Around the World in Eighty Days | Study Guide

Jules Verne

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Around the World in Eighty Days | Chapter 23 : In which Passepartout grows an exceedingly long nose | Summary



After spending the night near the port in Yokohama, Japan, Passepartout awakens at dawn starving and penniless. He decides he looks too well-dressed to sing for money, so he sells his clothes and buys a well-worn Japanese robe, leaving him just enough money left over to buy food. He wanders the streets until he spies an advertisement for an acrobatic troupe that happens to be in Japan but is returning to America soon. He decides to see if he can get a job as a servant. When Mr. Batulcar, the owner of the troupe, finds out Passepartout can sing and perform acrobatics, he hires Passepartout to be a clown. Passepartout's first performance is to help form the bottom of a four-tiered pyramid, but he has to attach a six–foot-long bamboo nose to his face. The other acrobats stand on the noses and leap around. While he lies on the floor, Passepartout spies Phileas Fogg and Mrs. Aouda in the audience. Immediately, he abandons his spot, destroying the human structure. Recognizing his servant, Fogg says, "Let's get to the steamer, my fellow," paying off the angry Mr. Batulcar for ruining the performance, and the three make their way to the port to catch a steamer headed to America.


Passepartout continues to demonstrate his independent and practical nature, knowing he must find employment if he is to earn money to get to America. Pride has never kept Passepartout from earning a living. He considers no job beneath him if it is legal and moral. He is thrilled when he lands a job with an acrobatic troupe because he will be able to travel to America with them. If acting the clown and sporting a six-foot-long bamboo nose with a man posed on top is his ticket to America, he accepts this as his penance. Throughout the story, Passepartout's every action has been selfless. He has performed his valet responsibilities to Fogg's exacting requirements with respect and completed every request to take care of Fogg's and Mrs. Aouda's personal needs with precision except for losing his purchases in Bombay when he entered the Hindu temple. He is suffused with guilt for being the reason Fogg has wasted time and money and for causing Fogg to miss the ship to Yokohama. He is anxious to reach San Francisco, where he can figure out how to get back to London, so he can make amends for his flagrant errors.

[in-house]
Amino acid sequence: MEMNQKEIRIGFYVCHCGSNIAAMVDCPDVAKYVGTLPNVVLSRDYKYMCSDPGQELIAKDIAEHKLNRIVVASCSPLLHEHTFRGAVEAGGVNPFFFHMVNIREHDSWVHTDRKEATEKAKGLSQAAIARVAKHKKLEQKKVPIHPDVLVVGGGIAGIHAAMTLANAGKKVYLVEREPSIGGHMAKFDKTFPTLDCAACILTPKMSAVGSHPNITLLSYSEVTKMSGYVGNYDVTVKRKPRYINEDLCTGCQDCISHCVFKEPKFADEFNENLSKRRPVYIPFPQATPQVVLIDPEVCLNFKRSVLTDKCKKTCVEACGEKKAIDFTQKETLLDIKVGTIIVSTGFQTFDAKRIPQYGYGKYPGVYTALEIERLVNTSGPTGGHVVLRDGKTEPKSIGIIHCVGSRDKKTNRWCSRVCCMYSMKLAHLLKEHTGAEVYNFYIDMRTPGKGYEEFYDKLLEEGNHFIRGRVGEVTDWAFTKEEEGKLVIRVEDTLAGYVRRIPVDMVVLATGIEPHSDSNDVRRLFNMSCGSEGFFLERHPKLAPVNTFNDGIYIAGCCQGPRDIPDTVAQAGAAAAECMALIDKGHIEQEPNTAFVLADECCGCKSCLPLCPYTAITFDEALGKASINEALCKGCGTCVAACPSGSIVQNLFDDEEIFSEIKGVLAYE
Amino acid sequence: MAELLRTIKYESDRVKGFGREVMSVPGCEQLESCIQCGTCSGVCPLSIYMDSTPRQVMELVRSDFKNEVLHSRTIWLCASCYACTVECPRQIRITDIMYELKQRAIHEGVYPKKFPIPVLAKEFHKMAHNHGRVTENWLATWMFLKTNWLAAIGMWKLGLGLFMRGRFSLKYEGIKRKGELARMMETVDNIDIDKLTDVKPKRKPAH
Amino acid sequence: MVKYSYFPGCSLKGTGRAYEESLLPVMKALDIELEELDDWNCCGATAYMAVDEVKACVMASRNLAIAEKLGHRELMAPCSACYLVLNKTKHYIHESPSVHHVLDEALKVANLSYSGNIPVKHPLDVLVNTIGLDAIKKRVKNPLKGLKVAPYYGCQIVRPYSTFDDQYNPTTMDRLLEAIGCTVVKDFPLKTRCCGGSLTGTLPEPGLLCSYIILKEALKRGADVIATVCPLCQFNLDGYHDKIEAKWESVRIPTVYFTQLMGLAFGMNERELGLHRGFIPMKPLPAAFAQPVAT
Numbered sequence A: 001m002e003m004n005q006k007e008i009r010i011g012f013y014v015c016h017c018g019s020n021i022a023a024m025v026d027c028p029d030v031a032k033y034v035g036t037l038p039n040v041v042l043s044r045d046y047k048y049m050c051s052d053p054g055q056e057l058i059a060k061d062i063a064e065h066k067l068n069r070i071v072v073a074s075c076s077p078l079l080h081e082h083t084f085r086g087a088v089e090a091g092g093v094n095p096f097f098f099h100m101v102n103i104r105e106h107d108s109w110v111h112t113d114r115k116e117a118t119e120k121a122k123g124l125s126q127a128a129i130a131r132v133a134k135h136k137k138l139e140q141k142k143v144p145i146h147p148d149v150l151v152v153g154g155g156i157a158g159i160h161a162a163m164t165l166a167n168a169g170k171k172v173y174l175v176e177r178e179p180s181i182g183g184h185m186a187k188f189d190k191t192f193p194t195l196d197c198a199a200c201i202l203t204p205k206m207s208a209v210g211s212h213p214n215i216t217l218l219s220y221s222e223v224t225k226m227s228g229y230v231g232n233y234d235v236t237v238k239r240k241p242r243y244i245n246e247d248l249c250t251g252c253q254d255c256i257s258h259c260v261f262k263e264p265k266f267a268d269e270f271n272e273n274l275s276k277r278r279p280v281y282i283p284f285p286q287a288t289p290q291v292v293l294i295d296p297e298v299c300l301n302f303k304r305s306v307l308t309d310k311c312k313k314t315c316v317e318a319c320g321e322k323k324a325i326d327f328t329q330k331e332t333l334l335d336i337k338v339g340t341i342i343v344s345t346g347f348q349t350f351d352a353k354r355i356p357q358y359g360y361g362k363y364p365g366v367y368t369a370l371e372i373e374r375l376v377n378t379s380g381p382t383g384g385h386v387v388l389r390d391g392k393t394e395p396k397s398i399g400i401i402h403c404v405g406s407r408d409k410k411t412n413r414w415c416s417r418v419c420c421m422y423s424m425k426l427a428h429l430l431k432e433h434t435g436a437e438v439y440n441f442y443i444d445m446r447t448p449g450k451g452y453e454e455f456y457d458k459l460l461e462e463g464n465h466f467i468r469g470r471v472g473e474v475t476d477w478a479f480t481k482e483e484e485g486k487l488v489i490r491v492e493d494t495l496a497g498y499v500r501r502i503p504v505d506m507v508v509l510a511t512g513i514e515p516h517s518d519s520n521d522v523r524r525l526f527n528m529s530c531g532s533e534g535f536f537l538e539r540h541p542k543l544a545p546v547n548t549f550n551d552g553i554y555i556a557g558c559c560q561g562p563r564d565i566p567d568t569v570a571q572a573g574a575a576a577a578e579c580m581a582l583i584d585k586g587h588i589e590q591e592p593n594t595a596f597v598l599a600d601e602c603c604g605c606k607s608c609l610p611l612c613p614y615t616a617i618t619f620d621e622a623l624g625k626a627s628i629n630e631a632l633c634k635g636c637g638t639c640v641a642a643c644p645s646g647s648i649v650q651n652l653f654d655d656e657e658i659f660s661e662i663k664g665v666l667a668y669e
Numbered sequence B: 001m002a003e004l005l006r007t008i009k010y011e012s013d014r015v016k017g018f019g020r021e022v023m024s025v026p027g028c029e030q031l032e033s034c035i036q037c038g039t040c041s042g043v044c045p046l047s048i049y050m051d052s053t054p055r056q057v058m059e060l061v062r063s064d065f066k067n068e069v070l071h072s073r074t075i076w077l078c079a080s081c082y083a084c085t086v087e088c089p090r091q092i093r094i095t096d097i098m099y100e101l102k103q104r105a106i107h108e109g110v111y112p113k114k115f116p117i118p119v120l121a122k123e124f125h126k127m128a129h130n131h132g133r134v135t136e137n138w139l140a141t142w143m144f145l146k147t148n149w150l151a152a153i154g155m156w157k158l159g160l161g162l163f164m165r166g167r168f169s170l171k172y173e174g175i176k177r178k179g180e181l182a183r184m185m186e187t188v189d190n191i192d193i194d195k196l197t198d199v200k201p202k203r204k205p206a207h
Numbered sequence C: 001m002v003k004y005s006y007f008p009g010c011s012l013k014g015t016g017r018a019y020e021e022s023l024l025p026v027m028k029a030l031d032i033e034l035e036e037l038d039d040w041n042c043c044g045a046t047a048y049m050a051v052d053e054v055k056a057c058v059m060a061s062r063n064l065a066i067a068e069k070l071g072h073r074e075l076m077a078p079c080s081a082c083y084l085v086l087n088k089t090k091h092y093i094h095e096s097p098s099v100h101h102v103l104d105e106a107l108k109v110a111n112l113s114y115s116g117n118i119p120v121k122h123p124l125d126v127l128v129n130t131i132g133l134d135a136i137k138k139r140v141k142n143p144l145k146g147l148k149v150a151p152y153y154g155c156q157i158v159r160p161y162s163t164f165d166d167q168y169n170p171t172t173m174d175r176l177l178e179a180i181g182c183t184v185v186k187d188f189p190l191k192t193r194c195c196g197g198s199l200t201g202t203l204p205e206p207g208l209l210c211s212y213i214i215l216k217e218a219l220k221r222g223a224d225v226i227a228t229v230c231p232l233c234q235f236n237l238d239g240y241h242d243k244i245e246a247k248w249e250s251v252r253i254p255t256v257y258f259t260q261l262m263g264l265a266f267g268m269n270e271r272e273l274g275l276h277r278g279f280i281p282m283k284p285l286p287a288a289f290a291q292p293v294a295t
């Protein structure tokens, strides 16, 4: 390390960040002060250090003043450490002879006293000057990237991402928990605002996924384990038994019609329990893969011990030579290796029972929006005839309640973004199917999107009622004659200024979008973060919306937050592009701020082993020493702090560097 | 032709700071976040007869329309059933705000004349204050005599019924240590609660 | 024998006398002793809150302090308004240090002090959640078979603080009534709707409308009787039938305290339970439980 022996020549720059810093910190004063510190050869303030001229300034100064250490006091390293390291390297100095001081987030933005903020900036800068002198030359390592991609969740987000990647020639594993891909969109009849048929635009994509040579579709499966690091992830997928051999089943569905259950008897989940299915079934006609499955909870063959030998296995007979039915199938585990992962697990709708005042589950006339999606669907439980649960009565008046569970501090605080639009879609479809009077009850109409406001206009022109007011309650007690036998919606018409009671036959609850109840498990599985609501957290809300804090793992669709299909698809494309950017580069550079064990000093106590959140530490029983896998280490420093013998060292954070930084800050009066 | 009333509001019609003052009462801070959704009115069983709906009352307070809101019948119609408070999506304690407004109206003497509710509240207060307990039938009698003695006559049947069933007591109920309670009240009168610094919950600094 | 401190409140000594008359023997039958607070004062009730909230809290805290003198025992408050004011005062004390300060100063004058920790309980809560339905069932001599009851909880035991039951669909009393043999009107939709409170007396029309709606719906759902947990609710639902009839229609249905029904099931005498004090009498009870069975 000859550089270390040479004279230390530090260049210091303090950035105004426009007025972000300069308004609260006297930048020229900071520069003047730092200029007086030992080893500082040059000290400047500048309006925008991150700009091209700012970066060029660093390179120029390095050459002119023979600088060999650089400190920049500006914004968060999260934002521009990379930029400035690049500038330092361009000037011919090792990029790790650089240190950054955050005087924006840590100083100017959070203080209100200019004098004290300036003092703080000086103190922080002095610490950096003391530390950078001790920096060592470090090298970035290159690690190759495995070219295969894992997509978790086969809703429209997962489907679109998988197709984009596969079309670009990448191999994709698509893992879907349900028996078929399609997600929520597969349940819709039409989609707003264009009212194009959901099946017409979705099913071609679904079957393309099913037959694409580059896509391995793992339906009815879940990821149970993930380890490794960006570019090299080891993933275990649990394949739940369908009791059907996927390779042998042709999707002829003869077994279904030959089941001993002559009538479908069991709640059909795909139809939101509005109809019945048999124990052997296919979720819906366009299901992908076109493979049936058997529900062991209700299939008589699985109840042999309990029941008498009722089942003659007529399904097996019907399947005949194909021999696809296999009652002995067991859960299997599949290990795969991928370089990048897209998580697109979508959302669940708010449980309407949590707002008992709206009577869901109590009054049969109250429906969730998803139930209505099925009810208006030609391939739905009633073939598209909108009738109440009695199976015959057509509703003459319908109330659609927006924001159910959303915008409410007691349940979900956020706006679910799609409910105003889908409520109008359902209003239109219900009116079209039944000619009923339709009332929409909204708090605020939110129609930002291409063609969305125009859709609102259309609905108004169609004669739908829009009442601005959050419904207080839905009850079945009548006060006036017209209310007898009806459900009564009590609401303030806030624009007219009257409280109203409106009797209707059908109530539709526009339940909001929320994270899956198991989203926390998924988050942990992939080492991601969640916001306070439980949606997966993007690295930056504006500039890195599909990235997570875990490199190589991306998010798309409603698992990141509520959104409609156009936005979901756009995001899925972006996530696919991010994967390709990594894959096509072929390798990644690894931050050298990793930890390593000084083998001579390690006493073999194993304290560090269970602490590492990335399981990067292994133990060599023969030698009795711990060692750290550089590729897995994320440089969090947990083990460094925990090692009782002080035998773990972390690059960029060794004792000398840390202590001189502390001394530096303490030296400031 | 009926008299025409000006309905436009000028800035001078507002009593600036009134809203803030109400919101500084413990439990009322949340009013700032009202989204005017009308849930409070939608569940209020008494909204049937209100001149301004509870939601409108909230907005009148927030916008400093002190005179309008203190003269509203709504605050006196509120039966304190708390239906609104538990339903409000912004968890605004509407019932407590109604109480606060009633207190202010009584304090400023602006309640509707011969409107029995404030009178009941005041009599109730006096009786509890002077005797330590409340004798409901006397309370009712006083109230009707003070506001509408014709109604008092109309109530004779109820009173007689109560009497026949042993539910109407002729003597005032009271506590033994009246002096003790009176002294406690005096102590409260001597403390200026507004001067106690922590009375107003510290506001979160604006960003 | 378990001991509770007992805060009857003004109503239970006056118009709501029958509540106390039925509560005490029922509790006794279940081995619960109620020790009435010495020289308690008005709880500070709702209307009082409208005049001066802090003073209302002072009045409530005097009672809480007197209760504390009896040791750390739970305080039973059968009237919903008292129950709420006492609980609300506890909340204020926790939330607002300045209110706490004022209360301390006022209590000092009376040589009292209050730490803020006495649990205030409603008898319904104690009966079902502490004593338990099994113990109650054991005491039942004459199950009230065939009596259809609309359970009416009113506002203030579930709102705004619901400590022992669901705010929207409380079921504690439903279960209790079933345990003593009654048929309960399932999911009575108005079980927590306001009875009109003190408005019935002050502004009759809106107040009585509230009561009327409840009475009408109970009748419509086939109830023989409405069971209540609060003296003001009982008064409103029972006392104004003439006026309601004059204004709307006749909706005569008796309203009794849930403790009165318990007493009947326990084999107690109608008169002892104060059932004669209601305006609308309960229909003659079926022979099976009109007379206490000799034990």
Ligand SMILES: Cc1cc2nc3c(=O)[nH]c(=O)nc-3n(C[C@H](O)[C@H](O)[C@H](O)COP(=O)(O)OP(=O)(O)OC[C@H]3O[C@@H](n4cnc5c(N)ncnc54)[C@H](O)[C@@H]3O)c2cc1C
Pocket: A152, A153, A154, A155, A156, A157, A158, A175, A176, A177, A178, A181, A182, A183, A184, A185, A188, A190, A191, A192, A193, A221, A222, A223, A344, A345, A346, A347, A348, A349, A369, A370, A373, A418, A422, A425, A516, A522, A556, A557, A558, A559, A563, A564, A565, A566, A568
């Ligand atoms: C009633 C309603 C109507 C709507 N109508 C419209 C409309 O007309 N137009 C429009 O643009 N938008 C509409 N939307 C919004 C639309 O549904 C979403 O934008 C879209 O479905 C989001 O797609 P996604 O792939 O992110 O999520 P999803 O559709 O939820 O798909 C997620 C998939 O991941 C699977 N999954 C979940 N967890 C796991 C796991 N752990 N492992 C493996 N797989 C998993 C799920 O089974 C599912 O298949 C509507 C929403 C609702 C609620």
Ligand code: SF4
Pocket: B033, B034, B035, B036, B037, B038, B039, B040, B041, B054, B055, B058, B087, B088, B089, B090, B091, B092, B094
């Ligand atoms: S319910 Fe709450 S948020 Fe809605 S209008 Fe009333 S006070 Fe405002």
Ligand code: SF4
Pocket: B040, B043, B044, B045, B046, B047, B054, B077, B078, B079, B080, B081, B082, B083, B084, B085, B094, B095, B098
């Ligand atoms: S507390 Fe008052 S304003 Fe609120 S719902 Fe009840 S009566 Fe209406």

When he spies Mrs. Aouda and Fogg in the audience, he forgets his shame and calls out to them. This shows trust in Fogg's honor and integrity and speaks to Fogg's treatment of his servant. Relieved to find Passepartout is well, Fogg never rebukes Passepartout but simply and warmly says, "Let's get to the steamer, my fellow." Fogg pacifies Mr. Batulcar by paying for the ruined performance, and they hurry to the American steamer. Fogg has retained his faith in his wager through the stress of the delayed journey, but he also adds depth to this theme by revealing his sincere belief in his servant. The trio is thrilled to be reunited.

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